Cults* devoted to the worship of gods and goddesses were common in ancient Greece, and the most famous of these were called the Eleusinian Mysteries—dedicated to Demeter, the goddess of grain and fertility. Like other cults, the Eleusinian Mysteries promised earthly blessings and benefits to those who pledged their faith in them. However, the mysteries also promised happiness in the afterlife, a feature that distinguished this cult from most others. The rituals* of the mysteries were secret, and those who joined the cult swore never to reveal them. Unlike other cults, the rituals were conducted inside a temple at night rather than outdoors during the day. Anyone who spoke Greek and was not a murderer was eligible to join, as long as he or she paid the required initiation fee.

The earliest reference to the cult is in the Homeric Hymn to Demeter, a poem written in the early 500s B.C. The poem tells the story of Demeter’s daughter Persephone (also known as Kore), who was abducted by Hades, the god of the underworld*. As a punishment for this action, Demeter takes away her gift of grain, causing a year of famine. Hermes, the messenger of the gods, arranges a bargain in which Persephone spends each winter with Hades and returns in spring to spend the remainder of the year with her mother. This myth reinforces the notion of Demeter’s control over grain, the main food source for the ancient Greeks, as well as over the change of seasons and the relationship between death and life.

The Hymn to Demeter also connects the cult to the town of Eleusis. While taking refuge in the town, Demeter meets the town’s king and queen and becomes the nurse to their infant son. In an attempt to make the child a substitute for her lost daughter, Demeter feeds him ambrosia, the food of the gods, and lays him in a fire each night to burn away his human flesh. When the queen of Eleusis discovers the plan, Demeter becomes angry, reveals her true identity, and demands that the people of Eleusis build a temple in which her rites, or mysteries, are to be celebrated.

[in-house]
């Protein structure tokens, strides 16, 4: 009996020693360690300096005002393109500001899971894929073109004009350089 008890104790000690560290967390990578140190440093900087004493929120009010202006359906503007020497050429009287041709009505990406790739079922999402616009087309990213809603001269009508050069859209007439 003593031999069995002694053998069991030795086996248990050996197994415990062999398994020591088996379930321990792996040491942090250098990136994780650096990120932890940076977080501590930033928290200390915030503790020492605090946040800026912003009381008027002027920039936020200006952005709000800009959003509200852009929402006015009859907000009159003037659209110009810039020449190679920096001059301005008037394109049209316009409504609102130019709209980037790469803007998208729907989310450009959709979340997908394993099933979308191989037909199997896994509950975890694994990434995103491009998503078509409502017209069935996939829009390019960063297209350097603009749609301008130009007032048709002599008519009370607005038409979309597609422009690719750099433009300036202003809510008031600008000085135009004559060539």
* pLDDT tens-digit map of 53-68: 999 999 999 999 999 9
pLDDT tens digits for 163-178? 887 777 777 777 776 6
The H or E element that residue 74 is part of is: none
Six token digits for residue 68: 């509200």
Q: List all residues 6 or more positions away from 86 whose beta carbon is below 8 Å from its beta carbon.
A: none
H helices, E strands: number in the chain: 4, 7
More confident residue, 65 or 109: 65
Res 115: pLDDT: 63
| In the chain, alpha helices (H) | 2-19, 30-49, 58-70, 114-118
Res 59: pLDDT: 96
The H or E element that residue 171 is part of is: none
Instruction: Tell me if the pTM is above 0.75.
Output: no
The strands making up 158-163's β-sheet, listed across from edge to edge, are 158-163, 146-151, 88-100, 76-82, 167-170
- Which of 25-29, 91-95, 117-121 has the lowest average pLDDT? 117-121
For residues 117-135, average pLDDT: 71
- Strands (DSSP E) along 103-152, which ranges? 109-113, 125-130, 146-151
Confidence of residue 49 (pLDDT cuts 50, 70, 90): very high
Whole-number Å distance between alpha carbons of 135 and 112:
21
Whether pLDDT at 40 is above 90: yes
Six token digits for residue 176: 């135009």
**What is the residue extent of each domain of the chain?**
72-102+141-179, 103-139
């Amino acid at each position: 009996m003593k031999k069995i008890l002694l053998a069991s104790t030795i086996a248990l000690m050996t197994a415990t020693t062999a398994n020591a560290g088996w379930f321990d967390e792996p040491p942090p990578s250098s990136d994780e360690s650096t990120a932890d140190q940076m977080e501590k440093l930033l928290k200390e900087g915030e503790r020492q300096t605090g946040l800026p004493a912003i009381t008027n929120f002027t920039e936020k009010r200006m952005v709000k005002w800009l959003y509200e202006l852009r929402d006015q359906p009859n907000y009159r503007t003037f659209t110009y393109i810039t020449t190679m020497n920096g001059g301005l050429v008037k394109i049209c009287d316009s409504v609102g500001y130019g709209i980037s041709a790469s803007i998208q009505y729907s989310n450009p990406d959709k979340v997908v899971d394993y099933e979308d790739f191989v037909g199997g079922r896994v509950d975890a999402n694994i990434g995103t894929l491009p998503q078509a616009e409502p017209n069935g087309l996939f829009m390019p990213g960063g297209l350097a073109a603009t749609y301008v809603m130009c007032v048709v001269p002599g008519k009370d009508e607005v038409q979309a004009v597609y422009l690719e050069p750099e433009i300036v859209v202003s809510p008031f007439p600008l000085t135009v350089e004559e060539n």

In the late 500s B.C., when Eleusis came under the rule of Athens, the structure of the rituals changed, and two separate sets of rites were established. The Lesser Mysteries, held just outside Athens in the spring, were considered to be a preliminary initiation in which participants fasted, sacrificed*, and purified themselves. The Greater Mysteries were held in early October, beginning when sacred images were brought to Athens from Eleusis and ending in the temple in Eulisis.

* cult group bound together by devotion to a particular person, belief, or god

* ritual regularly followed routine, especially religious

* underworld kingdom of the dead; also called Hades

On the first day of the Greater Mysteries, participants gathered in the agora* of Athens to hear the requirements for initiation. The following day, the new members paraded three miles to the sea, where they purified themselves in the water and sacrificed a young pig. After a feast, the participants walked 14 miles to Eleusis. Before entering the town, they crossed a bridge on which men, dressed as women, shouted insults and obscenities at them. This ritual either symbolized the change from the joy and celebration of the journey to the seriousness of the rites, or it signified an attempt to drive away evil spirits who might disrupt the rites. Although there are no records of the rituals conducted inside the temple in Eleusis, it is known that special objects were displayed and special rituals were performed. The writer Hippolytus reported that a piece of wheat, a symbol of Demeter’s gift of grain, was displayed. Grain dies in the winter but grows again in the spring, and this natural cycle may have represented the hopes of the members of the cult for a new life after death in the underworld. (See also Cults; Myths, Greek; Religion, Greek; Ritual and Sacrifice.)

* sacrifice sacred offering made to a god or goddess, usually of an animal such as a sheep or goat

* agora in ancient Greece, the public square or marketplace

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